New Economic Report of the President blames Bush even more 

Christina Romer, chair of President Obama's Council of Economic Advisers, will present the Economic Report of the President today. But while the overview claims that a theme of the report is "rescuing, rebalancing, and rebuilding" the economy, it looks like it's doing none of the above. In fact, the report spends much of its time blaming Bush.

Under the headling of "Rescue," the report makes it clear that this economic crisis was "inherited" by this administration.

Chapter 2 examines the economy that President Obama inherited and the extensive policy actions taken in the areas of financial rescue, monetary policy, housing policy, and fiscal policy. It details the impact of the actions and the challenges that remain. It also discusses future jobs initiatives.

Speaking of "inheriting," let's look at how often that word came up in the first year of the last two presidents, using a simple Google News search for the term "inherited" combined with the last name.

For President Clinton, who won on the line, "It's the economy, stupid!" and frequently blamed the recession on his predecessor, results return 220 hits.

For President Bush, who arguably inherited a precarious national defense situation, results return 265 hits.

For Obama? 1,050 hits. More than double the previous two presidents combined.

Okay, so Bush got us into this mess, right? In fact, as the report's opener offers, it was all this unchecked speculation:

Last January, years of irresponsible risk-taking and debt-fueled speculation—unchecked by sound oversight—led to the near-collapse of our financial system.

Irresponsible risk-taking made possible by a belief that firms are too big to fail, one that big-government politicians encouraged by bailing out Bear Stearns? Debt-fueled speculation in which the debt was provided, at low interest rates, by big-government politicians? A lack of sound oversight in which the majority of defaulted mortgages were those encouraged by big-government politicians? (UPDATE: The phrase "too big to fail" appears in the report once -- in the introduction's closing.)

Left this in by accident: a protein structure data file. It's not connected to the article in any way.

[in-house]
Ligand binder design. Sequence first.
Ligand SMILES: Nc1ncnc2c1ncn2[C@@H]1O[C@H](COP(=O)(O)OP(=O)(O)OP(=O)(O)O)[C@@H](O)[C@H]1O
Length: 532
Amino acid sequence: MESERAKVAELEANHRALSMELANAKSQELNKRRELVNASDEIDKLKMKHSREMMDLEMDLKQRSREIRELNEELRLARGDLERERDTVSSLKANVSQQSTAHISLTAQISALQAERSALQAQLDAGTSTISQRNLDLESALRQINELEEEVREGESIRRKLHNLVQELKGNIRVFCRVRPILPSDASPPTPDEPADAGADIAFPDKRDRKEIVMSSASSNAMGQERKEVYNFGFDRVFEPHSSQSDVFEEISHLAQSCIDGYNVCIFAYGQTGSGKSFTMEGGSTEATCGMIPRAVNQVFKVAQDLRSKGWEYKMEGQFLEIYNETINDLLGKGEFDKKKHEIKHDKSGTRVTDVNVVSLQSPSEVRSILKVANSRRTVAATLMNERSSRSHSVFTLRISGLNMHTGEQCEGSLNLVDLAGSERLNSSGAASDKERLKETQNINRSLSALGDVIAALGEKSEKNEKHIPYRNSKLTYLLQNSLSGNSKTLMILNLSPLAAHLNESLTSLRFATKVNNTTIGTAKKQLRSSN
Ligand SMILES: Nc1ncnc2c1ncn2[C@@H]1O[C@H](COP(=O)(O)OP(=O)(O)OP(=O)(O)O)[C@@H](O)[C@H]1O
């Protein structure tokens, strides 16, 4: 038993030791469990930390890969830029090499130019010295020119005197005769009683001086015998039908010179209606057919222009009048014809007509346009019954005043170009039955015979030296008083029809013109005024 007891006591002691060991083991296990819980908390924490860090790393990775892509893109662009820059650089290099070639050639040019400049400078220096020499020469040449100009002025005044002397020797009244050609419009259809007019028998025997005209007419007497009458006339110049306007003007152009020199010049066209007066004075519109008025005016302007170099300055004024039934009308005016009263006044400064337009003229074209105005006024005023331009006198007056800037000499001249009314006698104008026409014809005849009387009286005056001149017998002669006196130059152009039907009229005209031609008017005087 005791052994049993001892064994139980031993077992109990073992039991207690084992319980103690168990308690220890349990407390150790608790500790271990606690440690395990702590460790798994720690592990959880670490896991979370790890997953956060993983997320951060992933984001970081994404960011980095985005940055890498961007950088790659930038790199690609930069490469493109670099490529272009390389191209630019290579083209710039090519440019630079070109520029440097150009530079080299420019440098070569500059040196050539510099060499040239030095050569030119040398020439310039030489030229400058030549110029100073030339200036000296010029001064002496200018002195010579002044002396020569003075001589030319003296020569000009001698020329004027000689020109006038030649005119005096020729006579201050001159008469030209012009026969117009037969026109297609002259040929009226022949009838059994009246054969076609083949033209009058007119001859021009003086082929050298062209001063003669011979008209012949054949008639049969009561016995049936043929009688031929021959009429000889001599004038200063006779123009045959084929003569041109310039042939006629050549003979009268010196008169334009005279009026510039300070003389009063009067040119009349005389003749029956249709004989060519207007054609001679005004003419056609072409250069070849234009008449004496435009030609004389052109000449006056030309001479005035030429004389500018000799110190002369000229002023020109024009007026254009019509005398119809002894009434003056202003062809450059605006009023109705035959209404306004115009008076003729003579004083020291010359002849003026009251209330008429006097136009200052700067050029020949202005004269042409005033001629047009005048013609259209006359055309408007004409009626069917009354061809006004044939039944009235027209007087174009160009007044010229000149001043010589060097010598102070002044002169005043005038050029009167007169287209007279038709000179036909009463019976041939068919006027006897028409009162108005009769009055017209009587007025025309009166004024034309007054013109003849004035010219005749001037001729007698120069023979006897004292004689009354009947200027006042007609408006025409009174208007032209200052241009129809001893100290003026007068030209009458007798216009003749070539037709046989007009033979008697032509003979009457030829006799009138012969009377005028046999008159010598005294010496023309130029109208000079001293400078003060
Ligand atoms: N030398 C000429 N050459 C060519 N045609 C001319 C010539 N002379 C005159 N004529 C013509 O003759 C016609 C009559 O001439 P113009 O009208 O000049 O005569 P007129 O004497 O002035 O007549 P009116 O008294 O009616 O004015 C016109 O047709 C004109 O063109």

But hand in hand with increasing our reliance on the Nation’s ingenuity is decreasing our reliance on the Nation’s credit card, as well as reining in the excess and abuse in our financial sector that led large firms to take on extraordinary risks and extraordinary liabilities.

Is increasing the debt ceiling the sort of thing that will decrease "our reliance on the Nation's credit card"? And is levying a bank tax what is necessary to ensure that firms must not grow too big to fail?

We're back to blaming Bush mere paragraphs later:

When my Administration took office, the surpluses our Nation had enjoyed at the start of the last decade had disappeared as a result of the failure to pay for two large tax cuts, two wars, and a new entitlement program. And decades of neglect of rising health care costs had put our budget on an unsustainable path.

The squandering of the 2000 surplus is an important theme for this administration, because imagine what could be done with that surplus! Or the dollars which Americans held on to rather than hand over to the federal government. And what's this complaint about the cost of a new entitlement program? Are we answering the problem of a new entitlement program by adding an even larger, more costly entitlement program?

This isn't a report, this is a rehash.

About The Author

J.P. Freire

J.P. Freire is the associate editor of commentary. Previously he was the managing editor of the American Spectator. Freire was named journalist of the year for 2009 by the Conservative Political Action Conference (CPAC). You can follow him on Twitter here. Besides the Spectator, Freire's work has appeared in... more
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